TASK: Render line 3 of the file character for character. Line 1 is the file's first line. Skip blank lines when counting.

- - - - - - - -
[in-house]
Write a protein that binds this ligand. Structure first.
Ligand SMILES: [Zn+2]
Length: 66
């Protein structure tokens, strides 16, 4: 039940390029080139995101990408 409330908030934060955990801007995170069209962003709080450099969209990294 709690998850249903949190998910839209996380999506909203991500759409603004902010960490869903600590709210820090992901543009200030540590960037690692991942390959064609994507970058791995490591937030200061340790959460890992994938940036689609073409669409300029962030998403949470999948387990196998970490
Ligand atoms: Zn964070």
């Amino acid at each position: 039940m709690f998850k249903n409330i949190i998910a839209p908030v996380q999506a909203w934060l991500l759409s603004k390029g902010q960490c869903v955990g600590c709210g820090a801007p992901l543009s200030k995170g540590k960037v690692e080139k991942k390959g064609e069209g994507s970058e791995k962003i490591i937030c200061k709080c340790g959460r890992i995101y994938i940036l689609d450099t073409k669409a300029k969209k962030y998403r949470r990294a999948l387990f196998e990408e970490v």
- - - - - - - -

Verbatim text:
Ligand SMILES: [Zn+2]